Community — The digital country

yitch
5 min readJan 5, 2022

Wanted to offload some brain flatulence on things I learned about building a community over the last 8 years (holy crap I’m old)

Between NFT shilling, metaverse expansions and senior management looking for a new place to dump their money, communities are now becoming the hot new (resurrected zombie) buzzword. I’ll start with the basics.

Members are not metrics

Community is meant to be a safe space for common interest. If someone has joined a community, the person is already interested in the topic. Community is not a sales/ marketing channel. There’s really no need for further shilling. It is a major turnoff.

The drive for more members, MAU, DAU is truly nonsensical beancounting to justify return on investment. It is equivalent to expecting ROI on marriage or having kids. Community is about relationships and the ROI is intangible in terms of creating a brand that people love (so I guess if you really want to, find an accountant that can figure out how to park this under goodwill and collateralize it as a long 🤪)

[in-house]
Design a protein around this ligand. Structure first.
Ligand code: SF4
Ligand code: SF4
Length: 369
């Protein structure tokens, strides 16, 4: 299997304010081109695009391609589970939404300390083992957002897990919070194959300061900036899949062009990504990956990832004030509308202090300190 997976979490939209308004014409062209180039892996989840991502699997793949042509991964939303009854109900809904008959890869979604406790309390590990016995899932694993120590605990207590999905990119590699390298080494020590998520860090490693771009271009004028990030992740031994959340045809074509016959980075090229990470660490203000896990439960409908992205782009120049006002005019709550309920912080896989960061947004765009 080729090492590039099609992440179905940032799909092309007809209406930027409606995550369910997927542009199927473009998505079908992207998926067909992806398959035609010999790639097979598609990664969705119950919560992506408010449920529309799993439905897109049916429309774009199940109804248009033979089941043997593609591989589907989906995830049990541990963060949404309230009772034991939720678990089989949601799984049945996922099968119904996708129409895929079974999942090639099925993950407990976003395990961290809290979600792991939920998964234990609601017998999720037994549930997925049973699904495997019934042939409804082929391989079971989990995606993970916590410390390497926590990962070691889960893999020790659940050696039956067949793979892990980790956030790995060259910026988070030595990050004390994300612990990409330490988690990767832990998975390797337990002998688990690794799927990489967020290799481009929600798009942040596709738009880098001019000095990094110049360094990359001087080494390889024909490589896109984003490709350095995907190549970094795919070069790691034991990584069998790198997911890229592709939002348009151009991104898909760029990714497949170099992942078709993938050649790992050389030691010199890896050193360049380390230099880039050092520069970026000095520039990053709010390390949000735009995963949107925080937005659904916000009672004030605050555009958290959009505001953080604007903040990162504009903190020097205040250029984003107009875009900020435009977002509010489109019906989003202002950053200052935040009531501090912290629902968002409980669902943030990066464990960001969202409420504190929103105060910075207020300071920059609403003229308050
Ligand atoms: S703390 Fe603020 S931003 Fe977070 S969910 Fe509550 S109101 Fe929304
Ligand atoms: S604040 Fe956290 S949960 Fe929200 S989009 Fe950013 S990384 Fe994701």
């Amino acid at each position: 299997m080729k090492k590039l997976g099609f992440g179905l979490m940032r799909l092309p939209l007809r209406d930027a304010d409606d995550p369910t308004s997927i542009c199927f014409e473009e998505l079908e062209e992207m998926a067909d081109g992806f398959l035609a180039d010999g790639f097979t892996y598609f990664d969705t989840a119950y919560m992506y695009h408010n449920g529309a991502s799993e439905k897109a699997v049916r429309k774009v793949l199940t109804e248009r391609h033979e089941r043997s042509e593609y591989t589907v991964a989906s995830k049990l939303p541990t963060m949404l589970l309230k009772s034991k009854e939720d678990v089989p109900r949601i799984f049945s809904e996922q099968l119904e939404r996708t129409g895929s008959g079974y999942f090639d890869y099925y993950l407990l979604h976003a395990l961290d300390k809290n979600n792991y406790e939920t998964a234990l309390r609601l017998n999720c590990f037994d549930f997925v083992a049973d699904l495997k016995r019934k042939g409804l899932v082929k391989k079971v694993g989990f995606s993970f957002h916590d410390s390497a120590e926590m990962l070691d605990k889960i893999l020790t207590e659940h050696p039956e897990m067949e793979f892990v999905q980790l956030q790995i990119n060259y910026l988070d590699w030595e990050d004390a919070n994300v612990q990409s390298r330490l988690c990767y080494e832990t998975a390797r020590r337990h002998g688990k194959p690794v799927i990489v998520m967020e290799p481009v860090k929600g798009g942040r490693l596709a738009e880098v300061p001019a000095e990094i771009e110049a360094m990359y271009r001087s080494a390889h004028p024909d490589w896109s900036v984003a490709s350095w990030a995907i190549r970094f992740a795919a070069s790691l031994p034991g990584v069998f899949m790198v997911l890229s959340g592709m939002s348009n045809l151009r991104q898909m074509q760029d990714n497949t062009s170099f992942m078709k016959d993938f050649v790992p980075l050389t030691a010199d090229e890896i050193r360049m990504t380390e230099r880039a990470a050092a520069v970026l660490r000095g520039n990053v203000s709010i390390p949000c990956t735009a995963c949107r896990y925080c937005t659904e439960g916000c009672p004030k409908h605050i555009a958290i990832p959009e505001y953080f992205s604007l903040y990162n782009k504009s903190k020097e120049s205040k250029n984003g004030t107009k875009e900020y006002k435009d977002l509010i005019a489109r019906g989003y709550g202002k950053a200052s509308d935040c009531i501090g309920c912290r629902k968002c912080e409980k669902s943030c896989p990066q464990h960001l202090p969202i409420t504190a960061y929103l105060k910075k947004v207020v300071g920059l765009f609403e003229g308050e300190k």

Safe space

Communities need to be safe for the members. One of the most challenging things I have had to balance is to figure out how to grow new members while actively engaging the OGs.

The mods need to set clear rules and boundaries without it becoming a cancel culture witch hunt. This is also where I feel despite all the automated moderation, human in the loop is still necessary to engage and make decisions. Humans will always outsmart dumb rules over time. And rules need to be updated and reviewed without pandering to the community. An immutable community contract needs to be in place to ensure all members feel at ease to share without judgement.

In general this would be no vulgarities and attack on individuals. Some folks might try to skirt this with alternate words/ phrases but the ill intent should be nipped in the bud as early as possible.

Banning is also a tool of last resort after 3 warnings with specific rationale pointing back to the rules and specific examples to ensure that the person has a chance to defend their actions. A common reason for banning is excessive shilling. This just creates unwanted noise in the community instead of meaningful discussion and makes the space a loud wet market of unwanted adverts (we get enough of that bs in Facebook and Google searches)

--

--

yitch

If you are enjoy a laugh at the expense of our corporate overlords, I hope my sense of humour is the cause